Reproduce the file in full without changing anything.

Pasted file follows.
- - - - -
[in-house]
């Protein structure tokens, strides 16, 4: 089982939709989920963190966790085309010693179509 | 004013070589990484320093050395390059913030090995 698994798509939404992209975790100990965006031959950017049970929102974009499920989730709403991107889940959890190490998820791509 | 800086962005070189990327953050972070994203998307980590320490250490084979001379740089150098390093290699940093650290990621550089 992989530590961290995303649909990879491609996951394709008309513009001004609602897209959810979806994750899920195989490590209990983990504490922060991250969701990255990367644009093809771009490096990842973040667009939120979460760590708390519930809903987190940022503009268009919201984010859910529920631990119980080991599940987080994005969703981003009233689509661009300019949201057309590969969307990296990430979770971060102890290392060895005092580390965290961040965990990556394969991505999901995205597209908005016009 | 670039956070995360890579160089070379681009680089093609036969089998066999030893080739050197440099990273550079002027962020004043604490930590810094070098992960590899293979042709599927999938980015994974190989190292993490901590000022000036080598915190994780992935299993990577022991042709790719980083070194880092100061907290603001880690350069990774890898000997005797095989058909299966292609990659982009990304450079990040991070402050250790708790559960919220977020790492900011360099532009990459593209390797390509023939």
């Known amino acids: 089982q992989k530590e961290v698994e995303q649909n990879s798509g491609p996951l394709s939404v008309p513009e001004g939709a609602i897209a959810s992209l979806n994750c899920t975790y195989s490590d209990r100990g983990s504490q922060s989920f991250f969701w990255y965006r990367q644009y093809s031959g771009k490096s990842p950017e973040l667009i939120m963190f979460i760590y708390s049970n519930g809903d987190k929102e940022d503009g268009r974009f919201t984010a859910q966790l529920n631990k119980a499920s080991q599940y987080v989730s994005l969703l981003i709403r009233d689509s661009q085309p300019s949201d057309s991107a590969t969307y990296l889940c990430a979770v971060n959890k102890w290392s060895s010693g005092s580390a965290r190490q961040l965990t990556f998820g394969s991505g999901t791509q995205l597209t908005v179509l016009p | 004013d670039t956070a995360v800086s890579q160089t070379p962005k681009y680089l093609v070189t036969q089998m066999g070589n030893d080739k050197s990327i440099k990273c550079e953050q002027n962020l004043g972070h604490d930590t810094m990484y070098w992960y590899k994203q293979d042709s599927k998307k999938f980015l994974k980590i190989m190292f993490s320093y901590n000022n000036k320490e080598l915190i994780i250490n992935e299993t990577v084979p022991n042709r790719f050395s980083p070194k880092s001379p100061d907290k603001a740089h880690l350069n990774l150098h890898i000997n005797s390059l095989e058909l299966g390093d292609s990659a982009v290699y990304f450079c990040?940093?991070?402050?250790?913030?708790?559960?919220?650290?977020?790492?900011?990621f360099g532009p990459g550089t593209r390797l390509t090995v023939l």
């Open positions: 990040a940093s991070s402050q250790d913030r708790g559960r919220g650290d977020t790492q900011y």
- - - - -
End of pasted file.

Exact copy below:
[in-house]
């Protein structure tokens, strides 16, 4: 089982939709989920963190966790085309010693179509 | 004013070589990484320093050395390059913030090995 698994798509939404992209975790100990965006031959950017049970929102974009499920989730709403991107889940959890190490998820791509 | 800086962005070189990327953050972070994203998307980590320490250490084979001379740089150098390093290699940093650290990621550089 992989530590961290995303649909990879491609996951394709008309513009001004609602897209959810979806994750899920195989490590209990983990504490922060991250969701990255990367644009093809771009490096990842973040667009939120979460760590708390519930809903987190940022503009268009919201984010859910529920631990119980080991599940987080994005969703981003009233689509661009300019949201057309590969969307990296990430979770971060102890290392060895005092580390965290961040965990990556394969991505999901995205597209908005016009 | 670039956070995360890579160089070379681009680089093609036969089998066999030893080739050197440099990273550079002027962020004043604490930590810094070098992960590899293979042709599927999938980015994974190989190292993490901590000022000036080598915190994780992935299993990577022991042709790719980083070194880092100061907290603001880690350069990774890898000997005797095989058909299966292609990659982009990304450079990040991070402050250790708790559960919220977020790492900011360099532009990459593209390797390509023939």
């Known amino acids: 089982q992989k530590e961290v698994e995303q649909n990879s798509g491609p996951l394709s939404v008309p513009e001004g939709a609602i897209a959810s992209l979806n994750c899920t975790y195989s490590d209990r100990g983990s504490q922060s989920f991250f969701w990255y965006r990367q644009y093809s031959g771009k490096s990842p950017e973040l667009i939120m963190f979460i760590y708390s049970n519930g809903d987190k929102e940022d503009g268009r974009f919201t984010a859910q966790l529920n631990k119980a499920s080991q599940y987080v989730s994005l969703l981003i709403r009233d689509s661009q085309p300019s949201d057309s991107a590969t969307y990296l889940c990430a979770v971060n959890k102890w290392s060895s010693g005092s580390a965290r190490q961040l965990t990556f998820g394969s991505g999901t791509q995205l597209t908005v179509l016009p | 004013d670039t956070a995360v800086s890579q160089t070379p962005k681009y680089l093609v070189t036969q089998m066999g070589n030893d080739k050197s990327i440099k990273c550079e953050q002027n962020l004043g972070h604490d930590t810094m990484y070098w992960y590899k994203q293979d042709s599927k998307k999938f980015l994974k980590i190989m190292f993490s320093y901590n000022n000036k320490e080598l915190i994780i250490n992935e299993t990577v084979p022991n042709r790719f050395s980083p070194k880092s001379p100061d907290k603001a740089h880690l350069n990774l150098h890898i000997n005797s390059l095989e058909l299966g390093d292609s990659a982009v290699y990304f450079c990040?940093?991070?402050?250790?913030?708790?559960?919220?650290?977020?790492?900011?990621f360099g532009p990459g550089t593209r390797l390509t090995v023939l």
């Open positions: 990040a940093s991070s402050q250790d913030r708790g559960r919220g650290d977020t790492q900011y």